Heirloom Bulbs & Garden History  •  Living Treasures from the Past
Sep
9
2015

Tulips Gone Wild:
Florentines in Yorkshire and Sweden

Tulips Gone Wild: Florentines in Yorkshire and Sweden – www.OldHouseGardens.com
‘Florentine’ tulip, by Pawal Muranski

Although it’s a graceful wildflower with a long history in gardens, the Florentine tulip (T. sylvestris) is also a bit weedy, spreading by underground stolons to produce new plants that can take years to bloom. Two articles in the Wakefield and North of England Tulip Society newsletter gave me a deeper appreciation for both its history and its vigor.

Linda Chapman explains that the Florentine is “a tetraploid (having double the number of chromosomes) which may account for its vigor. It is not native to the UK but is naturalized here, though how it arrived is not known. It could have come with the Romans” or much later with “Flemish, Walloon, or French refugees from 1540 onwards.”

When Linda went searching for Florentines where they’d been reported in the past, she found almost none – until she visited a protected “Site of Special Scientific Interest” in Yorkshire. There along the banks of the River Nidd “there were tulips as far as we could see, literally hundreds of them. It was a truly remarkable sight.”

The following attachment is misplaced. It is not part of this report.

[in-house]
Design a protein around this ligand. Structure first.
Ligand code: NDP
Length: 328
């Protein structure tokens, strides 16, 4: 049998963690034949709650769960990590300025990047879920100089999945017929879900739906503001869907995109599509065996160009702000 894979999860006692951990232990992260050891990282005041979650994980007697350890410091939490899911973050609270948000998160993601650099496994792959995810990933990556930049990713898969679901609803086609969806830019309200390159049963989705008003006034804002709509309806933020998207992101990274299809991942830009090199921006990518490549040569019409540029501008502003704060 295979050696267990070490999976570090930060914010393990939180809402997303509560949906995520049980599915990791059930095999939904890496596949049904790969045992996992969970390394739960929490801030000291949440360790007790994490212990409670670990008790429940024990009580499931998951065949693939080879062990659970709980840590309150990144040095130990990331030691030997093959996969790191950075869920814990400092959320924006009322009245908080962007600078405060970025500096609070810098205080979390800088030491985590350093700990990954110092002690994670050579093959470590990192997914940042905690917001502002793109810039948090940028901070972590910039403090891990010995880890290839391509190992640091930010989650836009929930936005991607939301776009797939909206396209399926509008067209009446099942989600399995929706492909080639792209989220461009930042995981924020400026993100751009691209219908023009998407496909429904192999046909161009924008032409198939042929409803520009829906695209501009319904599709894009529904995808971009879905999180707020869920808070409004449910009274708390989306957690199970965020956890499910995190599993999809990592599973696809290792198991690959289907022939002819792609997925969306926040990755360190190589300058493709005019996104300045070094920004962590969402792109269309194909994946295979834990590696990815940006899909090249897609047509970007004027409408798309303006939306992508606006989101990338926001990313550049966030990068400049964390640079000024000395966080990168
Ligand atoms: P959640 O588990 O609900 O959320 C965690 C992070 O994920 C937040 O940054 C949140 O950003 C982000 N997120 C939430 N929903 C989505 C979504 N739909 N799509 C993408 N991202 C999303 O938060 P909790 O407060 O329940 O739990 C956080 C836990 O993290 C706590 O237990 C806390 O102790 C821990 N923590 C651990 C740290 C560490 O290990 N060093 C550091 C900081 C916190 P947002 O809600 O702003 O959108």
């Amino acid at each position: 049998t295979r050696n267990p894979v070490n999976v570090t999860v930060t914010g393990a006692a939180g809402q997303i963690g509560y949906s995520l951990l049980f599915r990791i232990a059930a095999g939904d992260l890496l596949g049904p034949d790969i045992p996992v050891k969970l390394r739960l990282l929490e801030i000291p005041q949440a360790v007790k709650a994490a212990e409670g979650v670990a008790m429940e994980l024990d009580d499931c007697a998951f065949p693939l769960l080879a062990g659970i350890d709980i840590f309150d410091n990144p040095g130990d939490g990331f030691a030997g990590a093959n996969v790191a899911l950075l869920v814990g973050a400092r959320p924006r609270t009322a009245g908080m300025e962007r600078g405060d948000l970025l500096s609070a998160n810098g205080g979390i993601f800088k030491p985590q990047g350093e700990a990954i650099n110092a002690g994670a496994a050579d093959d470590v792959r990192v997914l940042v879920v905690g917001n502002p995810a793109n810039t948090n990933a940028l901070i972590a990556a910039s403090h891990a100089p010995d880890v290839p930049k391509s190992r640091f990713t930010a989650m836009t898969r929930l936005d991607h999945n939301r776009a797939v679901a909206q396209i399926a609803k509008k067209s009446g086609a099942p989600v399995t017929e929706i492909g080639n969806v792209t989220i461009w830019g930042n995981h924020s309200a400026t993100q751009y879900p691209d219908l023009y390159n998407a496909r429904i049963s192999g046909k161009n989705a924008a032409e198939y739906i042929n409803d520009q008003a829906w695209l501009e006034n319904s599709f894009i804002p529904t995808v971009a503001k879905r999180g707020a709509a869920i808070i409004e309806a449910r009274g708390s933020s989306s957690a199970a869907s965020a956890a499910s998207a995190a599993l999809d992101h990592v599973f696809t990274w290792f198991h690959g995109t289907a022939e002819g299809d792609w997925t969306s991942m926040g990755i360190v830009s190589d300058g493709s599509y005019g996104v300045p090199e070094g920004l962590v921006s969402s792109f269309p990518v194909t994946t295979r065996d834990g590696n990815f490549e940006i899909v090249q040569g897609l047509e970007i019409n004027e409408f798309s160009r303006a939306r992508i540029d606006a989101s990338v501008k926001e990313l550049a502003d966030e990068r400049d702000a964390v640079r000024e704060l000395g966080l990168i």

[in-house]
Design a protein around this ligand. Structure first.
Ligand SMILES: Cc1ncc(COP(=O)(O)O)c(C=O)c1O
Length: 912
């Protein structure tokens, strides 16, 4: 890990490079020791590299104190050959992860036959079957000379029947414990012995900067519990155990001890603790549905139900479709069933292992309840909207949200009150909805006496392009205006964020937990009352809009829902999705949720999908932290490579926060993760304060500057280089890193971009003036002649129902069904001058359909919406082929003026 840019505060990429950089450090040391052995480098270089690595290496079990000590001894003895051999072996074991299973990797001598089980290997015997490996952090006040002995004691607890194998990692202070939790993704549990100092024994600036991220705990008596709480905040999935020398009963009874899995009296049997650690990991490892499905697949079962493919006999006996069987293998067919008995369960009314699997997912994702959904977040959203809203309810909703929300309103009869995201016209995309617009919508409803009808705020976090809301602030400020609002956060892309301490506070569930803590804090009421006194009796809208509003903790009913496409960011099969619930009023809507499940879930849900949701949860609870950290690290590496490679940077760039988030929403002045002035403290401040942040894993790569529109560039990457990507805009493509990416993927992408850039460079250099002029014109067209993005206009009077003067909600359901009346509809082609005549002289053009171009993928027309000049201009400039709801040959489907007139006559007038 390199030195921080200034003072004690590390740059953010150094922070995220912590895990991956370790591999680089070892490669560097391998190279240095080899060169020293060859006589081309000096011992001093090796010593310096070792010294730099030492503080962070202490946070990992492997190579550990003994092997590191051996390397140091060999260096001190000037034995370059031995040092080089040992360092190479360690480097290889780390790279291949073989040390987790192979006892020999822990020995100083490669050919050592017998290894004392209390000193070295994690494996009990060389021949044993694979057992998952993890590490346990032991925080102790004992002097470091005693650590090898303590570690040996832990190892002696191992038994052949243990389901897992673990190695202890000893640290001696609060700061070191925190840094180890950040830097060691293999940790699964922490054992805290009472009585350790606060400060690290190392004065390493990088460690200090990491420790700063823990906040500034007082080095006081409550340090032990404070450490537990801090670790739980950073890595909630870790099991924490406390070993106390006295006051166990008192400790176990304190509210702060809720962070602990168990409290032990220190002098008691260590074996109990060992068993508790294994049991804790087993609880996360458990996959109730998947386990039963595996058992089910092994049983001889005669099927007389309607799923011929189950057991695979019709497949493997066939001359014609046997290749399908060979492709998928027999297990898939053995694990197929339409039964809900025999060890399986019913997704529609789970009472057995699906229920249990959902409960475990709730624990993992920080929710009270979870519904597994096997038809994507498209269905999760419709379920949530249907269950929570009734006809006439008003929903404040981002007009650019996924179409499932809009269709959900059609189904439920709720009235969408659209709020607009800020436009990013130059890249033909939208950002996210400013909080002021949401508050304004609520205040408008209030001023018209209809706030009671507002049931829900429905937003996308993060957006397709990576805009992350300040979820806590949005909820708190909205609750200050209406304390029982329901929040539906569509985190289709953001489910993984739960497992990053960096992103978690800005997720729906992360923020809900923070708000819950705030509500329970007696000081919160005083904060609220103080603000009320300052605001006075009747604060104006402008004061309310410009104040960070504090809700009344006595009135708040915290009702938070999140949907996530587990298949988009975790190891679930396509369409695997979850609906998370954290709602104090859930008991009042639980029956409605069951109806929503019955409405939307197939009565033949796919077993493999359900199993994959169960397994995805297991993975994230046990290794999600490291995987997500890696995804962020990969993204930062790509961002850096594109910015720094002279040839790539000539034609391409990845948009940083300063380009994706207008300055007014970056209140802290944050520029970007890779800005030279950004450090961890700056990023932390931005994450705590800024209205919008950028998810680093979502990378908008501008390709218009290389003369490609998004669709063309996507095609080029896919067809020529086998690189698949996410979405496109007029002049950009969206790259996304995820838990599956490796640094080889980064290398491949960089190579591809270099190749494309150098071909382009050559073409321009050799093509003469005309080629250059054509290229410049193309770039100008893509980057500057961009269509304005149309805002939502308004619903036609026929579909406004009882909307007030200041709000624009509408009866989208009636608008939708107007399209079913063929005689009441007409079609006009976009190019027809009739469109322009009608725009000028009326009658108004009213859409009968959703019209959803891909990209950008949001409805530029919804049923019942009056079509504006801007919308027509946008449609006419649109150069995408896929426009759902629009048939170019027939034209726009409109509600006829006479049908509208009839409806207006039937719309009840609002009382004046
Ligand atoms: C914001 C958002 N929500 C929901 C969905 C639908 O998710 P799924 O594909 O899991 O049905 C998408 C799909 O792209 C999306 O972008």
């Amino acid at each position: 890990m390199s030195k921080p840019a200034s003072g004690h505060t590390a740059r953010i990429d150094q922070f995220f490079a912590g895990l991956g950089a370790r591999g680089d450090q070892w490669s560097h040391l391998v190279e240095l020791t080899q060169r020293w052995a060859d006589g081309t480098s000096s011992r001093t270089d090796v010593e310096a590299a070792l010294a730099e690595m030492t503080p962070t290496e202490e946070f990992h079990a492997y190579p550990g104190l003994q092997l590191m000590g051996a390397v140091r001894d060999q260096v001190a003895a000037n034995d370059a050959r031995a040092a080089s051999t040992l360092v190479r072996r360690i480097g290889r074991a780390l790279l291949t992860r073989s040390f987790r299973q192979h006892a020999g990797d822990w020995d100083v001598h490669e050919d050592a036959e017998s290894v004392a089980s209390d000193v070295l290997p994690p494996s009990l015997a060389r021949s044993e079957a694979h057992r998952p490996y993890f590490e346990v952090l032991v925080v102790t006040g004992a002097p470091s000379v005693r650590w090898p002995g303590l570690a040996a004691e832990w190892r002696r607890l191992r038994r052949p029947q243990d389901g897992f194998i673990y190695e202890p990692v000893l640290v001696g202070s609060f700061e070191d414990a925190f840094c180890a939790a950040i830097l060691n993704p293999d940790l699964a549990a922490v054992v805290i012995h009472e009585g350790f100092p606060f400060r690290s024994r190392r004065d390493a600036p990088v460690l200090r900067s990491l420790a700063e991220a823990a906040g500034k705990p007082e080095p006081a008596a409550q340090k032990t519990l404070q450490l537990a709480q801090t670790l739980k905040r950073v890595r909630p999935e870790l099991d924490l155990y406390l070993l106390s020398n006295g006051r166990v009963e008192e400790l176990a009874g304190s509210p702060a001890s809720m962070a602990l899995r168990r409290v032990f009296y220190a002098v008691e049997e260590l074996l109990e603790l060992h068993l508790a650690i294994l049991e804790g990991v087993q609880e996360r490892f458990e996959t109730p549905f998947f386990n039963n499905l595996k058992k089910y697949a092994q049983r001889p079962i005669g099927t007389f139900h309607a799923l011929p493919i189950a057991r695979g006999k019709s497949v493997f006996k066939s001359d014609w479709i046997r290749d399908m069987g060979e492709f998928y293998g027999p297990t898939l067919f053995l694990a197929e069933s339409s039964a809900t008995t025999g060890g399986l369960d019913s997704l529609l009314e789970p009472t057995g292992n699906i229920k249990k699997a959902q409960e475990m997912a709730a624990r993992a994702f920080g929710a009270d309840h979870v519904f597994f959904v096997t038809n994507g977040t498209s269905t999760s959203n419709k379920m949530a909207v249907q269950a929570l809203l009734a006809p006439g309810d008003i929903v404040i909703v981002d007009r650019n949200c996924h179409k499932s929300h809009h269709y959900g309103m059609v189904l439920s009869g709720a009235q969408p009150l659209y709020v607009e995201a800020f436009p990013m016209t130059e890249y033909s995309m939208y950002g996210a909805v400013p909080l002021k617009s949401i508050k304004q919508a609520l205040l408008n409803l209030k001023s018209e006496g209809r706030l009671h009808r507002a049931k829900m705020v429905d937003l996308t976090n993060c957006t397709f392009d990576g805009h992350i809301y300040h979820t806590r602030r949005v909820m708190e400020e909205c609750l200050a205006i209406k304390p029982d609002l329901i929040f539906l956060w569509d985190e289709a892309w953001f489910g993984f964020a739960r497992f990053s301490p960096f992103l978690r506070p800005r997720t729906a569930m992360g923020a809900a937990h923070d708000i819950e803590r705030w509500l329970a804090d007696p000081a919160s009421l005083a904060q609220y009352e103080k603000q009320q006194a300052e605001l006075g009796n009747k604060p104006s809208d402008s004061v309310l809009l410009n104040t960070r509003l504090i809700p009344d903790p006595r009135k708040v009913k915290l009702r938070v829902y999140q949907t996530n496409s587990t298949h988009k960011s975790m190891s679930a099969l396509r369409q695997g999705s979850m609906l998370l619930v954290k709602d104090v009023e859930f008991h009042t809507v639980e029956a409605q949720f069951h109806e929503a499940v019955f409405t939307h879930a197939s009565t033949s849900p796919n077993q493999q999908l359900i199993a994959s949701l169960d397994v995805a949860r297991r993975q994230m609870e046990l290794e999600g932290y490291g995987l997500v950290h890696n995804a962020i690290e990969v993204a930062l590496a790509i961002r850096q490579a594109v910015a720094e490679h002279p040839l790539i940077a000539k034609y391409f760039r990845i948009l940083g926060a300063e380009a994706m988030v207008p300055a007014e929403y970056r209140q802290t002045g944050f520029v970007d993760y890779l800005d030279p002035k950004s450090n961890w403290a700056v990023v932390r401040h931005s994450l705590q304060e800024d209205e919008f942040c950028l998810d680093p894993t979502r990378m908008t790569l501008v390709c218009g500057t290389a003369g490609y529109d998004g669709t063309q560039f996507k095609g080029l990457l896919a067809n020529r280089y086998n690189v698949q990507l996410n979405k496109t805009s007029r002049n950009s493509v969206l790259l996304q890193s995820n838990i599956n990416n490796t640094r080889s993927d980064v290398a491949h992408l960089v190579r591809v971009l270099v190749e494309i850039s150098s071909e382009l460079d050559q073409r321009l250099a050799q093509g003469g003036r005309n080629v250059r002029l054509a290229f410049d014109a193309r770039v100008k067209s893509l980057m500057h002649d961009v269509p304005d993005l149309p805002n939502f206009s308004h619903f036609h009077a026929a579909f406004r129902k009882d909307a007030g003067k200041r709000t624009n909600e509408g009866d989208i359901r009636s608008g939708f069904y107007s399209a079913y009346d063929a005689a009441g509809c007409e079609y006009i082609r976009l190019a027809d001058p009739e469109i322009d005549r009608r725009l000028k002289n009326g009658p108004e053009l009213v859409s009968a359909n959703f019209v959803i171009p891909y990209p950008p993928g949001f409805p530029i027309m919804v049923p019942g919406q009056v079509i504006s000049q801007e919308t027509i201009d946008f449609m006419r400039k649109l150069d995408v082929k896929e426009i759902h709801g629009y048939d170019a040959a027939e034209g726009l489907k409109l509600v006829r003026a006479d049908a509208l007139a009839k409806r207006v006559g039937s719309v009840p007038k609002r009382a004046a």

In a second article, Anita Irehoim writes about the Florentine in Sweden. “Olof Rudbeck the Elder (1630-1702) established the first botanical garden in Sweden at Uppsala and grew the ‘yellow tulip from Bologna’” – an early name for the Florentine tulip. (Florence and Bologna are 50 miles apart.) By 1744 it was naturalized in Sweden, and today it’s still foundespecially in grass areas in old gardens and parks but also in forest edges and along [roadside] verges.” Anita says “the best way of getting flowers is to disturb the soil. Dig and turn the soil upside down! It makes some sense since it is . . . a weed of the vineyards.”

Olof Rudbeck’s son was also a botanist, and “one of his best known students was Carl Linnaeus, the man who devised our system of plant nomenclature.” Today Linnaeus’s summer house is a museum and “sanctuary for surviving Linnaean plants. Of the 900 varieties he may have had in the garden, only about 40 remain today – one of which is T. sylvestris.”

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